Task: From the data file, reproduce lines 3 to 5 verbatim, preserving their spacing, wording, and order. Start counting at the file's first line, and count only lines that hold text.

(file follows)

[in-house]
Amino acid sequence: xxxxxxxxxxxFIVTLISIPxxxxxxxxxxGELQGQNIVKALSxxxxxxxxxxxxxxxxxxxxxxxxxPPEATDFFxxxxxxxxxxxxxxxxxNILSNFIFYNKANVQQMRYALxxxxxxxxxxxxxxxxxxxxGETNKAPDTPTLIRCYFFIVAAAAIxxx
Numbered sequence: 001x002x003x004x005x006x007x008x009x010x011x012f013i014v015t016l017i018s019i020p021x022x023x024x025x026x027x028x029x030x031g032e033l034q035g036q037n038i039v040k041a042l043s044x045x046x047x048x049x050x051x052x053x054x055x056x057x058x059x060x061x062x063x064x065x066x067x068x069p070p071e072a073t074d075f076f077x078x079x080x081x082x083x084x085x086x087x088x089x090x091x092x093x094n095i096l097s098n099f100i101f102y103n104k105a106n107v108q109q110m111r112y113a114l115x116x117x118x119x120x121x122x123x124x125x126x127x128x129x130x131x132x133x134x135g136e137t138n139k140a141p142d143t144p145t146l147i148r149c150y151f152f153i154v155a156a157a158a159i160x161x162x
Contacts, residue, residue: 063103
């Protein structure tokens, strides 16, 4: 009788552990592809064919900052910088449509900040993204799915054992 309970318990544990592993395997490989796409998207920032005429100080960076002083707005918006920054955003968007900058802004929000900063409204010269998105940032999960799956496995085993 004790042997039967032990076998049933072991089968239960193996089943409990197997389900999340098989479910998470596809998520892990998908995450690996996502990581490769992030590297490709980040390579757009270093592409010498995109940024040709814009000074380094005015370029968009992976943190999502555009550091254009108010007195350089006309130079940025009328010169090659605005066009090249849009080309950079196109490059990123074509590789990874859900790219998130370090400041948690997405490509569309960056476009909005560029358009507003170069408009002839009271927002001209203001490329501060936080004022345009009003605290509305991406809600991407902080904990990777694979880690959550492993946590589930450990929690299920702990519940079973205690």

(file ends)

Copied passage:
Numbered sequence: 001x002x003x004x005x006x007x008x009x010x011x012f013i014v015t016l017i018s019i020p021x022x023x024x025x026x027x028x029x030x031g032e033l034q035g036q037n038i039v040k041a042l043s044x045x046x047x048x049x050x051x052x053x054x055x056x057x058x059x060x061x062x063x064x065x066x067x068x069p070p071e072a073t074d075f076f077x078x079x080x081x082x083x084x085x086x087x088x089x090x091x092x093x094n095i096l097s098n099f100i101f102y103n104k105a106n107v108q109q110m111r112y113a114l115x116x117x118x119x120x121x122x123x124x125x126x127x128x129x130x131x132x133x134x135g136e137t138n139k140a141p142d143t144p145t146l147i148r149c150y151f152f153i154v155a156a157a158a159i160x161x162x
Contacts, residue, residue: 063103
């Protein structure tokens, strides 16, 4: 009788552990592809064919900052910088449509900040993204799915054992 309970318990544990592993395997490989796409998207920032005429100080960076002083707005918006920054955003968007900058802004929000900063409204010269998105940032999960799956496995085993 004790042997039967032990076998049933072991089968239960193996089943409990197997389900999340098989479910998470596809998520892990998908995450690996996502990581490769992030590297490709980040390579757009270093592409010498995109940024040709814009000074380094005015370029968009992976943190999502555009550091254009108010007195350089006309130079940025009328010169090659605005066009090249849009080309950079196109490059990123074509590789990874859900790219998130370090400041948690997405490509569309960056476009909005560029358009507003170069408009002839009271927002001209203001490329501060936080004022345009009003605290509305991406809600991407902080904990990777694979880690959550492993946590589930450990929690299920702990519940079973205690």